cut nlout the lace with a brick thrown
by Thomas Robinson, also colored, last
Mayo is employed as a butler at No. 1888
Jciierwon street liorrtiwc.sti.'atid was in the
basement of that house when Robinson,
who i e huckster. 6alnc up and tried to
sell lino some oft his wares
Mayo said that heHHd not want to buy
anything. An rHltefcatlon followed, dur
ing which the'brick was thrown. Mayo's
wounds were dressed by Dr. Sewall.
Thrown From u 'ilieyele.
New York, Sept.O- A young girl, un
conscious and severely injured, was found
by a mounted H)lJcenian lying on the
Coney Island ccle path, just below Park
villc, tills morning. Near her was the
wreck of her .bicycle.
The injured girl -v&s Kitty Roach, who
lives at No. H'.Q. Hamilton avenue, Brook
lyn. How Miss Roach . was injured is not
known. She may have been in a collision.
The young woman had a cut on hr chin
and a slightly fractured knee.
A Rash Bet Besults in Death.
irurtscTm N Y., Sept. 9.-The Aiken fam
ily is prwfcelmrd by grief today. George
AikenAventy foui jears old, lies dead for
accepting, a dare In a ftolish Dpirit of
A companion dared Aiken to. climb an
electric light pole and touch a support
ot the wire. Aiken climbed up, touched
the support and fell from the pole dead.
Fatal Freight Train Wreck.
Portland, Tnd., Sept 5. A Lake Erie and
Western fi eight train was wrecked at St.
Albany this morning. Charles Manneas
and LeanJer Collins, of this place, are re
ported to have been killed. Mannets died
Instantly. Collins lived a few hours. Trains
are now running via Red Key and Hartford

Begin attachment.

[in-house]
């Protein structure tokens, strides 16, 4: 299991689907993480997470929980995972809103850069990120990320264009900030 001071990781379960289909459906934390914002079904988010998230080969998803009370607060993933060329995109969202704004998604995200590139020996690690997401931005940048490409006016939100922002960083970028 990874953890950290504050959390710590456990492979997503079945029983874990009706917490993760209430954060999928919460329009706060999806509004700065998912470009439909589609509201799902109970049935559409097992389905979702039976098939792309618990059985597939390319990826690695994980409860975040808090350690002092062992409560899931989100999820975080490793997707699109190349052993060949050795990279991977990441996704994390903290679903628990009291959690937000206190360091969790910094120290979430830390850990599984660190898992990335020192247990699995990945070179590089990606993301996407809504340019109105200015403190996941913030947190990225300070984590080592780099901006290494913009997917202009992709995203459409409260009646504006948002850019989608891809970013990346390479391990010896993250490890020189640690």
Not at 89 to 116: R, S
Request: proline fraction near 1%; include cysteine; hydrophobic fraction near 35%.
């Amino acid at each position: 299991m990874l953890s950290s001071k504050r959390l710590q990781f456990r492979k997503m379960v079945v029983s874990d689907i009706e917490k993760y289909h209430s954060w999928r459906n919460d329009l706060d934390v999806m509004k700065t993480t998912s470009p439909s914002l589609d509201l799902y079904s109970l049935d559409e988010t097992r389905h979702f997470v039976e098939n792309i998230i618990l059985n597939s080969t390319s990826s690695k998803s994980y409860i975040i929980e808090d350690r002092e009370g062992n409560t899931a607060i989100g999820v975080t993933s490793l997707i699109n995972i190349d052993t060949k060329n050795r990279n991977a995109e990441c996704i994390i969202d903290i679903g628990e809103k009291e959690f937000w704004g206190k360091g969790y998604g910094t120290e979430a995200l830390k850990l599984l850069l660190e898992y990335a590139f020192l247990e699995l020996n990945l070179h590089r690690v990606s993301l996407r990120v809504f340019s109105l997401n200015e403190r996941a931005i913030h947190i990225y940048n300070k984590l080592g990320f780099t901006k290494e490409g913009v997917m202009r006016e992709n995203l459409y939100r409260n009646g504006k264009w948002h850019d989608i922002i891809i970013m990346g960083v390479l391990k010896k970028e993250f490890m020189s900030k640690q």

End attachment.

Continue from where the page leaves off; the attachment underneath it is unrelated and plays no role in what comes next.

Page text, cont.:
Awaiting; Hawaii's Ex-Queen.
San Franclbco, Sept. 9. -Ex-Queen Lill
uokalanl of Hawaii is expected to arrive
at tne California Hotel in this city to
night. OBITUARY NOTES.
Henry H. Fay, postmaster of Newport
for four years under PresldsntHarrison, and
lieutenant governor of Rhode Island from
1880 to 1882, is dead. Ho was a dele
gate to the Republican national convention
-which nominatedAbrnham Lincoln Inl864,
was always identified with that party. He
Mas sixty-two years old.
A cab'e from London reports the death of
Sir Everett Miliuis. He was born on May
30, 185G, and was a son of the late Sir
John E. Millais, president of the Royal
Academy, who died in 1S96.
William Warrington, manager of the At
lantic Hotel, at Ocean City, Md., was found
dead in his room at the hotel Tuesday after
noon. Dr. Faul Jones, of Snow Hill, pro
nounced that he had died from paralysis of
She lust surviving child of Francis Scott
Key, who wrote the "Star Spangled Ban
ner," is dend. Mrs. Charles Howard, who
was the eldest of Key's eleven children,
passed away early yesterday morning at
her cottage In Oakland, Md., where she
had gone for the summer. She was ninety
three years of age, and had she lived until
the 10th of next month would have nassed
) another milestone of her long and inter
ettlng existence, tier sister, .Mrs. Henry
Steele, died at Annapolis several years
ago. When the end came she was sur
rounded by all df her children excepting
Gen. James Howard.
!?2.00 to Philadelphia and Return
via Pennsylvania Railroad, the leading rail
road or the country -finest trains. Special
excursion next Sunday. sc9-3t
$1.00 Washington to Baltimore
and return, next Sunday, via Pennsylvania
Railroad. Tickets good on all trains,
$5 a Month
To Be Cured of
Any Disease. .".
1411 Pennn. Ave. Adj. WiUard's Hotel,
HAS STOOD THE TEST OF TIME.
If you have tried doctors without benefit,
do not give up, but try this oldest and most
experienced specialist in Washington. He
courts diseases pronounced incurable jy
ottiers. All diseases of the nervous sys
tem, all dlse.asH or ch stomach, liver and
bowels, all dlseasisofthegenito.urinary.sys
tem. LOST VITALITY RESTORED. ,
Daily office hours 10 to 5: Monday.
Wednesday, Thursday and Saturday till
8 p. m ; Sundays 10 to 12.
JW CONSULT A'l ION FREE.-5S
LAUREL'S GREAT MYSTERY
Continued from First Page
was a place where a man had evidently
been sleeping. Stowed in that sort or
human nest was clothing. The first thing
picked up was u man's coat, the .next a
n.nn'h shirt, and the next u silk tie and
a worn sock. There was no woman's
clothing In there, though every Toot of
that terrible tnngle v.-as beat over.
The coat was a good one. It was bound
with braid and tnit binding did not show
much wear. The buttons were covered
and were not very much worn. It was